As it turned out, she’d take her next step with BestSelf Co. When the company posted a job opportunity, Jess jumped at the chance to work for them.
One of the first things Jess told the founders was that, although she had been drawn to the journal while she was going to school, “it didn’t really work, because students don’t have goals—the only goal we have is to pass the class.” Inspired by her feedback, the company created SELF Scholar specifically with students in mind. Adaptations include adding a class schedule component, while still allowing space for students to curate their busy social calendars too.
“The company is always brainstorming about how to spin out more products to suit more lifestyles,” Jess says. Another notable example of this approach to product development is the development of their newest products–the Wordsmith, Edison, and Decision Decks. They were designed to unleash their customers’ creative best selves for writers, artists, or anyone looking to tap into their inner creativity.
At that point, I wondered what it was like to market and sell a pen-and-paper solution in a digital task-managing world. Jess thinks there’s a craving for non-digital solutions, and that one doesn’t necessarily replace the other.
“There’s a tactile realness to it when it’s on paper,” Jess says. “There’s a realness with the task and the sense of completion that really doesn’t get across through digital tools.” She adds that the journal isn’t intended to replace or reject digital, but to augment it. As a remote team, BestSelf Co. fully understands the need to integrate digital tools alongside the journals.
Although the journal has its limitations, digital has its own drawbacks too, Jess says.
“The journal is your external brain for the day. The digital never really works as an external brain, because there’s so much going on that it ends up creating more information for your actual brain to process. The physical lets people boil it down a little more. And it forces you to be clear about what you’re trying to get at. Set your intention, set your focus, and then use the digital to keep those tasks top of mind.”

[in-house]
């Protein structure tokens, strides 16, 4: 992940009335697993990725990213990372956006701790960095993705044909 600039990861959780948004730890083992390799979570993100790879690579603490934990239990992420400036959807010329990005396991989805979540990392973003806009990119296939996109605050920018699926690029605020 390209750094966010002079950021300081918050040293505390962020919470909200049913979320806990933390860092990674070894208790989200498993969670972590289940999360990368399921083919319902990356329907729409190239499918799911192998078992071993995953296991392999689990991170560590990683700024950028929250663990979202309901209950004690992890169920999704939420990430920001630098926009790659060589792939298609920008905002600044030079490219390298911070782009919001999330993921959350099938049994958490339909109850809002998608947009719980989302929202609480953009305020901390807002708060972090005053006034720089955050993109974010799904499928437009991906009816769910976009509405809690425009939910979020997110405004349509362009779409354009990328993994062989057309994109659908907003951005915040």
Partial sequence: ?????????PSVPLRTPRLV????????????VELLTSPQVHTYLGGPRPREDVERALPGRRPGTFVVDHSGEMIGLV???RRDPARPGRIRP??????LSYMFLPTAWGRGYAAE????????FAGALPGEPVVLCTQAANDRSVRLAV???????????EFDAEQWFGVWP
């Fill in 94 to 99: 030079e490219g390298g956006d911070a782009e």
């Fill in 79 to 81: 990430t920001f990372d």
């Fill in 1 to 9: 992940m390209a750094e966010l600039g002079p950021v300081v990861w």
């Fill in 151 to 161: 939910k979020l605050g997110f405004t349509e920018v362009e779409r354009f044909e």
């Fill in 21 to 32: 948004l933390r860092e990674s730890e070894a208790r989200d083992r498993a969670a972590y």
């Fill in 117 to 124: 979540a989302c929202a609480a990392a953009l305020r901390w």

Best Self Co. builds loyalty among customers with an ambassador program, now 2500+ members strong. Customers who do brand building using their social media accounts are awarded points to be redeemed against BestSelf products. “We leverage their audiences for product launches, and incorporate them into building the brand and being our voice outside of our own company for ads and messaging,” Jess says.
Another way BestSelf involves their customers in their success is by welcoming their input with the help of product reviews. Jess says that Judge.Me serves as a productivity tool of sorts, both for the potential customers reading the reviews, and for her company.
“At the end of the day, we can’t make decisions and do the research into every single product before we buy. It’s been proven over and over again that reviews make such a big difference in buyer behavior. We use reviews in a lot of our marketing, whether it’s ads, or directly on our product page. Judge.me has been a great seamless app for us to populate those reviews on our site. It’s making it super easy for us. It allows us to free up our brain from thinking about reviews in any way because it just sort of happens.”
Their reviews reveal how the products are being received once they get into the hands of BestSelf Co.’s customers.
“This is not a SELF Journal but a magical journal that if used can catapult you closer to your goals,” one customer writes.
Another reports that, “it’s quickly building my confidence in my ability to do big things. I’m finding joy in discipline and looking forward to seeing what I can achieve.”
The streamlined design of the journal also hit the mark with reviewers. “I’ve had a few journals in the past, all of which seem to complicate and overwhelm me. I love the layout of the Best Self Journal, it’s simple and to the point, it helps me to take all the to-do’s and goals I have in my head and put pen to paper, reverse engineer and focus on the small daily actions that’ll help to get me there.”
Since Jess is in the business of helping people achieve their goals, I asked her if she has any last words of advice for entrepreneurs just starting out. She paused to think about that for a few moments, noting that, “the best pieces of advice are so ingrained in us that we don’t realize they are knowledge anymore.”
But after pondering the question, she had one of the most profound pieces of marketing advice I’ve ever heard.
“At the end of the day, marketing is just about relationships at scale,” Jess said, “and relationships come down to empathy. When it comes to really good marketing, it’s not about the packaging. It’s about putting the thought into it. You can have the best packaging and something beautiful, but at the end of the day it comes down to whether or not you really step into their shoes. Can you embody them, and the way they think? You really have to know them, to understand them and the way they live their life.”
I couldn’t have said it better myself.